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RNAi-based biocontrol of wheat nematodes using natural poly-component biostimulants

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posted on 2023-06-09, 17:59 authored by Konstantin BlyussKonstantin Blyuss, Farzad Fatehi Chenar, Victoria A Tsygankova, Liudmyla O Biliavska, Galyna O Iutynska, Alla I Yemets, Yaroslav B Blume
With the growing global demands on sustainable food production, one of the biggest challenges to agriculture is associated with crop losses due to parasitic nematodes. While chemical pesticides have been quite successful in crop protection and mitigation of damage from parasites, their potential harm to humans and environment, as well as the emergence of nematode resistance, have necessitated the development of viable alternatives to chemical pesticides. One of the most promising and targeted approaches to biocontrol of parasitic nematodes in crops is that of RNA interference (RNAi). In this study we explore the possibility of using biostimulants obtained from metabolites of soil streptomycetes to protect wheat (Triticum aestivum L.) against the cereal cyst nematode Heterodera avenae by means of inducing RNAi in wheat plants. Theoretical models of uptake of organic compounds by plants, and within-plant RNAi dynamics, have provided us with useful insights regarding the choice of routes for delivery of RNAi-inducing biostimulants into plants. We then conducted in planta experiments with several streptomycete-derived biostimulants, which have demonstrated the efficiency of these biostimulants at improving plant growth and development, as well as in providing resistance against the cereal cyst nematode. Using dot blot hybridization we demonstrate that biostimulants trigger a significant increase of the production in plant cells of si/miRNA complementary with plant and nematode mRNA. Wheat germ cell-free experiments show that these si/miRNAs are indeed very effective at silencing the translation of nematode mRNA having complementary sequences, thus reducing the level of nematode infestation and improving plant resistance to nematodes. Thus, we conclude that natural biostimulants produced frommetabolites of soil streptomycetes provide an effective tool for biocontrol of wheat nematode.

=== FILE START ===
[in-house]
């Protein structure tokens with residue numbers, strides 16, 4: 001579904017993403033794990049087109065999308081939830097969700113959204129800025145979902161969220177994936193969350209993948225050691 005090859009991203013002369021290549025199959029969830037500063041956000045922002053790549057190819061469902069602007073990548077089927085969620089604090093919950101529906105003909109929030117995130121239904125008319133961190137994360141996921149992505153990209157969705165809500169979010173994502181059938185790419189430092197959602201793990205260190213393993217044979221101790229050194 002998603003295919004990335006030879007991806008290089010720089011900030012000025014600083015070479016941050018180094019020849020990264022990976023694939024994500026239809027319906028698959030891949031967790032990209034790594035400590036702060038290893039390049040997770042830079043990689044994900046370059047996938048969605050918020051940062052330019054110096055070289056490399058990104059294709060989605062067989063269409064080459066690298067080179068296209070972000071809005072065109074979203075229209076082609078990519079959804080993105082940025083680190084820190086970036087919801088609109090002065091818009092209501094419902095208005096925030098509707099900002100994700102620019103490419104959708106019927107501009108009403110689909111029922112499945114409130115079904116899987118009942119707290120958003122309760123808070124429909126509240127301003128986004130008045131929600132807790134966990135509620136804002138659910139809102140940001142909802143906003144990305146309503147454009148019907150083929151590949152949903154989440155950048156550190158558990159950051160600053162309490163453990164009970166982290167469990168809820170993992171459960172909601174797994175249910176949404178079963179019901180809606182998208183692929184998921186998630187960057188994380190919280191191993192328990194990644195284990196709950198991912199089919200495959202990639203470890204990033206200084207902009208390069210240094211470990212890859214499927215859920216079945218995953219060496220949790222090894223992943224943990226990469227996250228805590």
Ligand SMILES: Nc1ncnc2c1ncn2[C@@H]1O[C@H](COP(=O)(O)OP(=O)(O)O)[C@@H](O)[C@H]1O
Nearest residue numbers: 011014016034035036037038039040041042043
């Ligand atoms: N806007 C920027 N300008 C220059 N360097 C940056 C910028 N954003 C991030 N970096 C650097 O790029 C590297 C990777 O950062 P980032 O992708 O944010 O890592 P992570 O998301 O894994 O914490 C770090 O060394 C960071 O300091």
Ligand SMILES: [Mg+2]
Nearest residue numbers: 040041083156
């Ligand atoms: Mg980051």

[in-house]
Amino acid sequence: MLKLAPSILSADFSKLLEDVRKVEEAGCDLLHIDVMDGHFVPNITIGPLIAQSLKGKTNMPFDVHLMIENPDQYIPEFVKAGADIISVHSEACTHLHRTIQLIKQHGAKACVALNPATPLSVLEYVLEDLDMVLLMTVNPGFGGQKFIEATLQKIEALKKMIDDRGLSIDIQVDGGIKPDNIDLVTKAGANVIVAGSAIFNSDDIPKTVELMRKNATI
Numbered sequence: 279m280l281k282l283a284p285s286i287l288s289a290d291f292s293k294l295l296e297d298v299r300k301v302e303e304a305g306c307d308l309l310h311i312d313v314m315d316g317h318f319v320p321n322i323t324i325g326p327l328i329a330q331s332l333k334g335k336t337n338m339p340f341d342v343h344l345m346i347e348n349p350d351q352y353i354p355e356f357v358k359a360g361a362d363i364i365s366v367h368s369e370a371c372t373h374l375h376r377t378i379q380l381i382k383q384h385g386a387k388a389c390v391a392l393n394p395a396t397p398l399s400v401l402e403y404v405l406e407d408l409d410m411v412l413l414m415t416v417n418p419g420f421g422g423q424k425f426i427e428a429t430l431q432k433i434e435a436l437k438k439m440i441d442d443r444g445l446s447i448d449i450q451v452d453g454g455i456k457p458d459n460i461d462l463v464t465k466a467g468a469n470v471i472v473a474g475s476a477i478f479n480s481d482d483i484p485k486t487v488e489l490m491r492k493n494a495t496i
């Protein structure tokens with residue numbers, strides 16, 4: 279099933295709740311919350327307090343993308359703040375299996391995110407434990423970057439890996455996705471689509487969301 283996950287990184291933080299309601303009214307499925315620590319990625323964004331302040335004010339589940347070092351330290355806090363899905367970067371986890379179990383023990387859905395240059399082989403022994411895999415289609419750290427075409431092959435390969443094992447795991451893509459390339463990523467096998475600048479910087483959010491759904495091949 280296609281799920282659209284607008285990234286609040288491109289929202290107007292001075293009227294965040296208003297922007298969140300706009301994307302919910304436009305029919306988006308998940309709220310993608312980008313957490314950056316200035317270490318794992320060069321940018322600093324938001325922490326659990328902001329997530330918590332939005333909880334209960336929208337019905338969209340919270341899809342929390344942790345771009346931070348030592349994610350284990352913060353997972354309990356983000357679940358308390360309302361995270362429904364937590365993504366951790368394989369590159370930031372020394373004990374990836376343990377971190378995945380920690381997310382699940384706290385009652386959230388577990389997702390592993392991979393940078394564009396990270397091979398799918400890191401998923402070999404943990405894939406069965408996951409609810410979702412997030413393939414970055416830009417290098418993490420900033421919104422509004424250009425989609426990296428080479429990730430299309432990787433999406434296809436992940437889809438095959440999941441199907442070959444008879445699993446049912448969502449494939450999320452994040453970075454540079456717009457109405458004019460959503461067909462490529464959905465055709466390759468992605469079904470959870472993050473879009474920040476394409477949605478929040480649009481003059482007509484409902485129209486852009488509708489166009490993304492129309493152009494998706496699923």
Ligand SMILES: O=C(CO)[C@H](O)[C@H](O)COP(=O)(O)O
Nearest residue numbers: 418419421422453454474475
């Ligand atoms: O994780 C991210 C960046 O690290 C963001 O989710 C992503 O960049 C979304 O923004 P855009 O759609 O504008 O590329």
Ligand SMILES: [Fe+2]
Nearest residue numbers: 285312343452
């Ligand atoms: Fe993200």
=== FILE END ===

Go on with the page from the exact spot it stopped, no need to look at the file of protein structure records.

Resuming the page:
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Frontiers in Plant Science




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